Dummer’s War

What was the Dummer's War?

Dummer's War was fought between the New England colonies at one side and the Wabanaki Confederacy at the other side. It took place in the 18th century.

Battle of Norridgewock

The Battle of Norridgewock took place on August 23, 1724, near the present-day Norridgewock in Maine. Read more about the Battle of Norridgewock >>

Battle of Pequawket

The Battle of Pequawket took place in the 18th century during the Colonial Period of North America Read more about the Battle of Pequawket >>

Battle of Winnepang 1722

The Battle of Winnepang was a Naval Battle fought in July 1722 near Jeddore Harbour in Nova Scotia. Read more about the Battle of Winnepang 1722 >>

When and where did the war take place?

The Dummer’s War was fought from 1722 to 1725. It took place along the frontier between British and French colonies in the New England and Nova Scotia regions.

Other Names for the Dummer’s War

The Dummers War is also known as the following:

  • Father Rale’s War
    Lovewell’s War
    Greylock’s War
    Three Years War
    4th Anglo-Abenaki War
    Wabanaki-New England War of 1722–1725

Battles of the Dummers War

  • Battle of Norridgewoc
    Battle of Pequawket
    Battle of Winnepang

Who fought in the war?

The war was fought between British colonies and allied tribes at one side, and the Wabanaki at the other side with some French support. The Indian tribes allied with the British included the Mohawk. The tribes that comprised the Wabanaki Confederacy included Pequawket, Mikmaq, Abenaki and Maliseet.

Background of the war

In 1713, the French Acadia colony came under British control. The British colonial authorities reorganized it as the Nova Scotia province. Although the French gave up the Nova Scotia territories as part of a treaty, the Wabanaki who lived in the area refused to ratify the treaty.

The contested territories were located between the Kennebec River and Isthmus of Chignecto. When British colonists started arriving in the region, this angered the Wabanaki tribes who started attacking them.

Why was it called Dummer’s War?

Dummer’s War was named after William Dummer who was the Lieutenant Governor of the Province of Massachusetts Bay. Dummer oversaw the involvement of Massachusetts in the war and became the key British leader during the course of the war.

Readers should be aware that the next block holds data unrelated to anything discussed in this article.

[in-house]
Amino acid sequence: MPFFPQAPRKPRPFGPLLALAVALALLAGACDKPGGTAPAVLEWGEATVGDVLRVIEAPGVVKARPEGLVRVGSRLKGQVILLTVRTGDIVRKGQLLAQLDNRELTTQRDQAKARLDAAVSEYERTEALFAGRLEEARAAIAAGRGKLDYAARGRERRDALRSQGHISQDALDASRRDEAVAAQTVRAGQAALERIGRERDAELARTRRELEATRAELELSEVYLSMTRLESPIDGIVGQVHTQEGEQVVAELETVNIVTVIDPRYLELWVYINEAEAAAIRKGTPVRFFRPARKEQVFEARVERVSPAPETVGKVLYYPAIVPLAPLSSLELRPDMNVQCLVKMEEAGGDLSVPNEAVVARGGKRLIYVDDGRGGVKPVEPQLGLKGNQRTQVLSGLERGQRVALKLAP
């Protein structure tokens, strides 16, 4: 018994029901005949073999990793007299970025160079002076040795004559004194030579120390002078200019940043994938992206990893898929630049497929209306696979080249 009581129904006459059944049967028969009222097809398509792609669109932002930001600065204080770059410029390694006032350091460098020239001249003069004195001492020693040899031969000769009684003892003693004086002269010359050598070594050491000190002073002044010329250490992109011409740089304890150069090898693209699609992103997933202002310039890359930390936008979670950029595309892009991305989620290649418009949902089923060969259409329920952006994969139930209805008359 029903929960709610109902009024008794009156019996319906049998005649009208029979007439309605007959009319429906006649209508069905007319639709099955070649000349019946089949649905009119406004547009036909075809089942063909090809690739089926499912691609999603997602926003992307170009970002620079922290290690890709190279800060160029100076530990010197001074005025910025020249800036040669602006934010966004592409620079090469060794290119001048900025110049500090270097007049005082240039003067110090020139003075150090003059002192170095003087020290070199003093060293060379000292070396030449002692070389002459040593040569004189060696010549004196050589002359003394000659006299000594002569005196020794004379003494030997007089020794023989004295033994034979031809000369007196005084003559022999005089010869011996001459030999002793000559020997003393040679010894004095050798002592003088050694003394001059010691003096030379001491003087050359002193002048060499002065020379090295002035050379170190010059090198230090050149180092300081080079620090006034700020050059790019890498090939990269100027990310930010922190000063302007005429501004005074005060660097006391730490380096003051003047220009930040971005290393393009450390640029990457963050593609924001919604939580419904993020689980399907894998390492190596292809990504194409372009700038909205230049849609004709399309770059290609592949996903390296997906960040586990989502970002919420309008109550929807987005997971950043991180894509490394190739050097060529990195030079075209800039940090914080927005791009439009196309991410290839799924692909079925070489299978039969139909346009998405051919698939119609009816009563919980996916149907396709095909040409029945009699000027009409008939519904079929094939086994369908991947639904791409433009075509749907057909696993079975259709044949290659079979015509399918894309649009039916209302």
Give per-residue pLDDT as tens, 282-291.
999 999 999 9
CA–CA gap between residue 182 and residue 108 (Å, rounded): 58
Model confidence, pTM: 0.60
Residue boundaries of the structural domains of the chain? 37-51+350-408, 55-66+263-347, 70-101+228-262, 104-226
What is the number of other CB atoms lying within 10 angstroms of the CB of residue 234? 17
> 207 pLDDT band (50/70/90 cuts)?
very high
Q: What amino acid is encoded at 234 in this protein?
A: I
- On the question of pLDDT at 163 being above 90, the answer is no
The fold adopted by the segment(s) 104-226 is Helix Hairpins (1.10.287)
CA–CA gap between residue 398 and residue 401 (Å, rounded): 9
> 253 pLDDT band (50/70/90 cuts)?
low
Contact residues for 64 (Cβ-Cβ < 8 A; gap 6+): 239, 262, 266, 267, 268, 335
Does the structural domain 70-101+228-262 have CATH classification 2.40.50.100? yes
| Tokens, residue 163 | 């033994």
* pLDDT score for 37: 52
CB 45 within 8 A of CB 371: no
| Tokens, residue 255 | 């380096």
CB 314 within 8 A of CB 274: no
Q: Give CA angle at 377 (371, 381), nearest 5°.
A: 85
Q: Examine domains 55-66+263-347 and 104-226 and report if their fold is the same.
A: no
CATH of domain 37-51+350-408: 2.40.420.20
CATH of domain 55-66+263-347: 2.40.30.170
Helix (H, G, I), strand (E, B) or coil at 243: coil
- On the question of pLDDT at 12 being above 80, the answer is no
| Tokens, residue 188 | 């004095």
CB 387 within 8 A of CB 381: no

Events Leading to the War

As more and more British settlers arrived in the disputed region, Wabanaki increased the frequency of their raids. These raids included concerted attacks on British fishing settlements and fortifications as well. In response to these raids, British colonial governor invited the Wabanaki to a meeting in 1717 in order to reach an agreement. At the meeting, the Wabanaki reasserted their right to the disputed lands and the issue remained unresolved.

The Fighting

When the Wabanaki could not be persuaded to stop their raids through talks, British Governor Shute decided to use force. He suspected French Jesuit priests in the Indian villages to be the instigators behind the raids. So he sent a colonial force to attack and arrest one of them.

This marked the beginning of the war. Soon, the war spread all along the frontier. The eastern theatre of the war stretched over Maine and New Hampshire. The western theatre of the war was in Vermont and western Massachusetts. Some of the key battles were also fought in the Nova Scotia theatre.

Result and Aftermath

Despite the long and protracted war, British forces were unable to gain the upper hand. The Wabanaki continued their raids and although exhausted, they didn’t submit to British demands. By 1724, both the British colonial authorities and the Wabanaki wanted peace.

This ultimately led both sides to sign a peace treaty in 1725. In the treaty, British authorities acknowledge the rights of the Mikmaq and Maliseet tribes with regard to the disputed territories in Nova Scotia.

Learn More about the Dummers War at Wikipedia